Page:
James Rouse recovering from surgery Developer underwent 5 coronary bypasses

May 27, 1992|By Kevin Thomas | Kevin Thomas,Staff Writer

James Rouse, the 78-year-old philanthropist and developer, underwent coronary bypass surgery over the weekend just as celebrations commenced to mark the 25th anniversary of Columbia, the city he founded.

Mr. Rouse, 78, was in stable condition yesterday at Johns Hopkins Hospital. He was admitted to Howard County General Hospital with chest pains last Wednesday after becoming ill while attending a dinner with friends.

He was transferred to Hopkins the next day, said officials of Rouse's Enterprise Foundation.

"There is every indication that Jim will recover fully and be back at work at the foundation," said Mathias J. DeVito, chairman of the Rouse Co.

A spokeswoman for Mr. Rouse said the developer did not have a heart attack and did not suffer heart damage before surgery.

Because of his sudden illness, a "Salute to Jim Rouse" sponsored by the Howard County Chamber of Commerce and %% scheduled for tonight has been postponed until September. No date has been set.

A parade marking Columbia's 25th anniversary went on as scheduled Friday.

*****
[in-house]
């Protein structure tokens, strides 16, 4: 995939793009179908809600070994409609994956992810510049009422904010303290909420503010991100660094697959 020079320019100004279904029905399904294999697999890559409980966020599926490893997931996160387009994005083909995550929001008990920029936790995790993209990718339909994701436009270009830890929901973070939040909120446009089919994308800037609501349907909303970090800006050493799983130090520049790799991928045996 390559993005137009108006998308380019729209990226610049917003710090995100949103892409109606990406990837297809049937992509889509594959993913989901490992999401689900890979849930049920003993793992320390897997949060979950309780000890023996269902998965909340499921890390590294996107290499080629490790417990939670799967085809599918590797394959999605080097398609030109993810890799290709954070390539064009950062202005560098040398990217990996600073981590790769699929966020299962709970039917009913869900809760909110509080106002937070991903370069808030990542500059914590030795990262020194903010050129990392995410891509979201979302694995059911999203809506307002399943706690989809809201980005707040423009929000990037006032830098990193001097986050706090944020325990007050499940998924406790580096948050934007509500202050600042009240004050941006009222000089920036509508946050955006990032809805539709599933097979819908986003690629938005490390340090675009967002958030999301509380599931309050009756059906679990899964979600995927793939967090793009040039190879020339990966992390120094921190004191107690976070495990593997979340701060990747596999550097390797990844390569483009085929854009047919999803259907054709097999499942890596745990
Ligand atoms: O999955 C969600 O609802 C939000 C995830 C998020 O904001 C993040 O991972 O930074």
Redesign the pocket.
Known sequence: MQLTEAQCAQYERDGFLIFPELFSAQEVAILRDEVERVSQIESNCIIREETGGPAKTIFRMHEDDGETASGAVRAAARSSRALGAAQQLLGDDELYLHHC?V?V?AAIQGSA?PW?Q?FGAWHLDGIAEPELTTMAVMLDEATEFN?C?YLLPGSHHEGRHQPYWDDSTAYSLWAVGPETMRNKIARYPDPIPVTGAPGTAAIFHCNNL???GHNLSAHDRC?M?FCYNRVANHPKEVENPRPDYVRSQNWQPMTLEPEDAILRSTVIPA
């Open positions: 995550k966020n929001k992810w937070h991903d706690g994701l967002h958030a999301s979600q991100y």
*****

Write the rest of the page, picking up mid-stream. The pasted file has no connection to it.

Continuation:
Other Columbia birthday events scheduled through June are also expected to proceed as planned. A June 6 forum, at which Mr. Rouse was expected to give his views on the future governance of Columbia, will be held on that date even though Mr. Rouse will be unable to attend.

Dr. William A. Baumgartner, a professor of cardiac surgery at Hopkins, said Mr. Rouse underwent surgery for five coronary bypasses Saturday.

Dr. Baumgartner said bypass surgery is conducted to increase the flow of blood to the heart, and that five bypasses are not unusual.

Mr. Rouse is best known for creating Columbia and a string of innovative retail centers across the nation. The Enterprise Foundation is a non-profit corporation Mr. Rouse founded 10 years ago to find new ways to create affordable housing for the poor.

In 1979, Mr. Rouse retired as chief executive officer of the Rouse Co., the business he used to spearhead Columbia's development.

He had served as chief executive officer for nearly 40 years.

In 1984, he relinquished his post as Rouse Co. chairman.

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